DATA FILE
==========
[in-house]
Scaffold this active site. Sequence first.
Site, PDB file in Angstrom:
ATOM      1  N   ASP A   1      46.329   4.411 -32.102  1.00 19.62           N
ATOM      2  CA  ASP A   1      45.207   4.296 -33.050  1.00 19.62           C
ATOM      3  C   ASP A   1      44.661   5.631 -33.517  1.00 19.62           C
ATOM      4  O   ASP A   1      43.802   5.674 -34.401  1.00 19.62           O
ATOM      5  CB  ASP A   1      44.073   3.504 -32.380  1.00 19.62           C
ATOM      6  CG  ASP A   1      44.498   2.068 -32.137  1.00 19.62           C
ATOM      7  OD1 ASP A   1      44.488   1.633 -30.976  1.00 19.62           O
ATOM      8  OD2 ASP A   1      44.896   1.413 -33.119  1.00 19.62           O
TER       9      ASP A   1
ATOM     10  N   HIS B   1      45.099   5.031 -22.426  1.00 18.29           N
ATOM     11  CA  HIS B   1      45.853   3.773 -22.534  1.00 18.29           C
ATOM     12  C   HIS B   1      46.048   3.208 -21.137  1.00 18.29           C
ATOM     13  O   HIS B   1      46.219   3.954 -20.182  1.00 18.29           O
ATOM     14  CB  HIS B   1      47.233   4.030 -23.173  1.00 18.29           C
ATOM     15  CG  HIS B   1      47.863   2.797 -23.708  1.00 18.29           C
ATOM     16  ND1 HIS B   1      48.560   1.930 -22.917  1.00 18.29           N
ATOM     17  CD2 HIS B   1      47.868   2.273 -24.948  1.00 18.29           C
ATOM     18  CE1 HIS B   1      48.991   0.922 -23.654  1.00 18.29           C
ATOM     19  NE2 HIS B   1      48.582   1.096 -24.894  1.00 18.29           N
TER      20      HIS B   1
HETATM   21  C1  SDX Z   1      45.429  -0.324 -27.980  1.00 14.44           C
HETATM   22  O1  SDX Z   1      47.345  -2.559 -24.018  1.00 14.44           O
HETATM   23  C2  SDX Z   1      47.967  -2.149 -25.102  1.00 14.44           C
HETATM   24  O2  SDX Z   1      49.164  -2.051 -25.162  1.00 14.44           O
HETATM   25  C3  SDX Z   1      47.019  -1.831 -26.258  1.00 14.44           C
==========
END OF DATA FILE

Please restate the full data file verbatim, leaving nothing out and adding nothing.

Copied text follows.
[in-house]
Scaffold this active site. Sequence first.
Site, PDB file in Angstrom:
ATOM      1  N   ASP A   1      46.329   4.411 -32.102  1.00 19.62           N
ATOM      2  CA  ASP A   1      45.207   4.296 -33.050  1.00 19.62           C
ATOM      3  C   ASP A   1      44.661   5.631 -33.517  1.00 19.62           C
ATOM      4  O   ASP A   1      43.802   5.674 -34.401  1.00 19.62           O
ATOM      5  CB  ASP A   1      44.073   3.504 -32.380  1.00 19.62           C
ATOM      6  CG  ASP A   1      44.498   2.068 -32.137  1.00 19.62           C
ATOM      7  OD1 ASP A   1      44.488   1.633 -30.976  1.00 19.62           O
ATOM      8  OD2 ASP A   1      44.896   1.413 -33.119  1.00 19.62           O
TER       9      ASP A   1
ATOM     10  N   HIS B   1      45.099   5.031 -22.426  1.00 18.29           N
ATOM     11  CA  HIS B   1      45.853   3.773 -22.534  1.00 18.29           C
ATOM     12  C   HIS B   1      46.048   3.208 -21.137  1.00 18.29           C
ATOM     13  O   HIS B   1      46.219   3.954 -20.182  1.00 18.29           O
ATOM     14  CB  HIS B   1      47.233   4.030 -23.173  1.00 18.29           C
ATOM     15  CG  HIS B   1      47.863   2.797 -23.708  1.00 18.29           C
ATOM     16  ND1 HIS B   1      48.560   1.930 -22.917  1.00 18.29           N
ATOM     17  CD2 HIS B   1      47.868   2.273 -24.948  1.00 18.29           C
ATOM     18  CE1 HIS B   1      48.991   0.922 -23.654  1.00 18.29           C
ATOM     19  NE2 HIS B   1      48.582   1.096 -24.894  1.00 18.29           N
TER      20      HIS B   1
HETATM   21  C1  SDX Z   1      45.429  -0.324 -27.980  1.00 14.44           C
HETATM   22  O1  SDX Z   1      47.345  -2.559 -24.018  1.00 14.44           O
HETATM   23  C2  SDX Z   1      47.967  -2.149 -25.102  1.00 14.44           C
HETATM   24  O2  SDX Z   1      49.164  -2.051 -25.162  1.00 14.44           O
HETATM   25  C3  SDX Z   1      47.019  -1.831 -26.258  1.00 14.44           C